Mus cervicolor murine leukemia virus isolate M813 belongs to a unique receptor interference group.
ABSTRACT: Murine leukemia virus (MuLV) M813 was originally isolated from the Southeast Asian rodent Mus cervicolor. As with the ecotropic MuLVs derived from Mus musculus, its host range is limited to rodent cells. Earlier studies have mapped its receptor to chromosome 2, but it has not been established whether M813 shares a common receptor with any other MuLVs. In this study, we have performed interference assays with M813 and viruses from four interference groups of MuLV. The infection efficiency of M813 was not compromised in cells expressing any one of the other MuLVs, demonstrating that M813 must use a distinct receptor for cell entry. The entire M813 env coding region was molecularly cloned. Sequence analysis revealed high similarity with other MuLVs but with a unique receptor-binding domain. Substitution of M813 env sequences in Moloney MuLV resulted in a replication-competent virus with a host range and interference profile similar to those of the biological clone M813. M813 thus defines a novel receptor interference group of type C MuLVs.
Project description:Two types of endogenous ecotropic murine leukemia viruses (MuLVs), termed AKV- and Cas-E-type MuLVs, differ in nucleotide sequence and distribution in wild mouse subspecies. In contrast to AKV-type MuLV, Cas-E-type MuLV is not carried by common laboratory mice. Wild mice of Mus musculus (M. m.) castaneus carry multiple copies of Cas-E-type endogenous MuLV, including the Fv-4(r) gene that is a truncated form of integrated MuLV and functions as a host's resistance gene against ecotropic MuLV infection. Our genetic cross experiments showed that only the Fv-4(r) gene was associated with resistance to ecotropic F-MuLV infection. Because the spontaneous expression of infectious virus was not detected in M. m. castaneus, we generated mice that did not carry the Fv-4(r) gene but did carry a single or a few endogenous MuLV loci. In mice not carrying the Fv-4(r) gene, infectious MuLVs were isolated in association with three of six Cas-E-type endogenous MuLV loci. The isolated viruses showed a weak syncytium-forming activity for XC cells, an interfering property of ecotropic MuLV, and a slight antigenic variation. Two genomic DNAs containing endogenous Cas-E-type MuLV were cloned and partially sequenced. All of the Cas-E-type endogenous MuLVs were closely related, hybrid-type viruses with an ecotropic env gene and a xenotropic long terminal repeat. Duplications and a deletion were found in a restricted region of the hypervariable proline-rich region of Env glycoprotein.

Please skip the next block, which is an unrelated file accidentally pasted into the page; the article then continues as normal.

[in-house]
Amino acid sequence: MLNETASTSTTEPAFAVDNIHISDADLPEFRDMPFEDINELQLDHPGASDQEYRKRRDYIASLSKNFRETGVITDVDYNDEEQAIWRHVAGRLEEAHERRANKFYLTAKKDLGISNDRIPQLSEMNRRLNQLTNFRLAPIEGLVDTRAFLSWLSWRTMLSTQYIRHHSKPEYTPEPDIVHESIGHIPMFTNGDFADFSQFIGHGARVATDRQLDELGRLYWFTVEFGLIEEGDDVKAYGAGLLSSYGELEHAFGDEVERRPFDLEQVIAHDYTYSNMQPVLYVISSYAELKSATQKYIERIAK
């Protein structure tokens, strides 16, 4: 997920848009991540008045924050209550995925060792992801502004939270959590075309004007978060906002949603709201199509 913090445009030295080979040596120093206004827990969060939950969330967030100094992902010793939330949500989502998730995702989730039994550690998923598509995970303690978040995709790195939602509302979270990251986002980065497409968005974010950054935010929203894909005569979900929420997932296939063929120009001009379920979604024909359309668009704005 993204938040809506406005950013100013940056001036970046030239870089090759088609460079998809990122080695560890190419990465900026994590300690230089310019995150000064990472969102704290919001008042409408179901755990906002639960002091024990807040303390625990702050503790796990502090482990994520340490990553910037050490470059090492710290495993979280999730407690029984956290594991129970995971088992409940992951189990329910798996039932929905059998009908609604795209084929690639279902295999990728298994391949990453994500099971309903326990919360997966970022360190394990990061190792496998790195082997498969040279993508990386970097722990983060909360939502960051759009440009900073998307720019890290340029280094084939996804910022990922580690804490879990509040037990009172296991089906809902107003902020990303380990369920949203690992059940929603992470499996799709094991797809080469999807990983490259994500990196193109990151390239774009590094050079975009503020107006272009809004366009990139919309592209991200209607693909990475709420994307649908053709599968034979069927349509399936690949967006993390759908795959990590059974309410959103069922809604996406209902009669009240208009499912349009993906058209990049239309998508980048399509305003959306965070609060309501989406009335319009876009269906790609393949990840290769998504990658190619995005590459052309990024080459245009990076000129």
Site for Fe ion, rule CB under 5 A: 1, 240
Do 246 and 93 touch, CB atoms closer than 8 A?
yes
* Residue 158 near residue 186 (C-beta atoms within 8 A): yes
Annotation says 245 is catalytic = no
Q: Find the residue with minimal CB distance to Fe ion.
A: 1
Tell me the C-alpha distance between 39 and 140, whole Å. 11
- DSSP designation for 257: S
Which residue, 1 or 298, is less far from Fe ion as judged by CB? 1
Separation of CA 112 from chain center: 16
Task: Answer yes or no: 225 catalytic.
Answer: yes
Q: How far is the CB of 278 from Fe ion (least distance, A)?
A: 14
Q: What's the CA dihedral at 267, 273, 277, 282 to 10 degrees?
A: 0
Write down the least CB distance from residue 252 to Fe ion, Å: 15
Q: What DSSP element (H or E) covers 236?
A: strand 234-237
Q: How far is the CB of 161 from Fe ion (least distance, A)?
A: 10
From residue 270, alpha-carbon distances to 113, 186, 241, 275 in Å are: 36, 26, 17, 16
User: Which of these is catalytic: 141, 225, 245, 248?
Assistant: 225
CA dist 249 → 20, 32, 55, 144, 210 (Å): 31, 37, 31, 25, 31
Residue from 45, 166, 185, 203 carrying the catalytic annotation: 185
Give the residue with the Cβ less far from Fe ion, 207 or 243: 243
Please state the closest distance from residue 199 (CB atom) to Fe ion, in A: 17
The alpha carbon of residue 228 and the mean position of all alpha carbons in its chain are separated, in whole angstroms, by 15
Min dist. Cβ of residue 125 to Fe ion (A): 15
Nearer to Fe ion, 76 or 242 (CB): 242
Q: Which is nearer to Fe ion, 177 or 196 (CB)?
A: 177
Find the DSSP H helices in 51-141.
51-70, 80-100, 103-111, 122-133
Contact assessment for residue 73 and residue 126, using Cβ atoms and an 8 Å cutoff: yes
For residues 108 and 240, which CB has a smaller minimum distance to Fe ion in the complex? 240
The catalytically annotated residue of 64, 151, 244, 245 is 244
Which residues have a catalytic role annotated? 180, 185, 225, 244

Project description:Polytropic murine leukemia viruses (MuLVs) are generated by recombination of ecotropic MuLVs with env genes of a family of endogenous proviruses in mice, resulting in viruses with an expanded host range and greater virulence. Inbred mouse strains contain numerous endogenous proviruses that are potential donors of the env gene sequences of polytropic MuLVs; however, the precise identification of those proviruses that participate in recombination has been elusive. Three different structural groups of proviruses in NFS/N mice have been described and different ecotropic MuLVs preferentially recombine with different groups of proviruses. In contrast to other ecotropic MuLVs such as Friend MuLV or Akv that recombine predominantly with a single group of proviruses, Moloney MuLV (M-MuLV) recombines with at least two distinct groups. In this study, we determined that only three endogenous proviruses, two of one group and one of another group, are major participants in recombination with M-MuLV. Furthermore, the distinction between the polytropic MuLVs generated by M-MuLV and other ecotropic MuLVs is the result of recombination with a single endogenous provirus. This provirus exhibits a frameshift mutation in the 3' region of the surface glycoprotein-encoding sequences that is excluded in recombinants with M-MuLV. The sites of recombination between the env genes of M-MuLV and endogenous proviruses were confined to a short region exhibiting maximum homology between the ecotropic and polytropic env sequences and maximum stability of predicted RNA secondary structure. These observations suggest a possible mechanism for the specificity of recombination observed for different ecotropic MuLVs.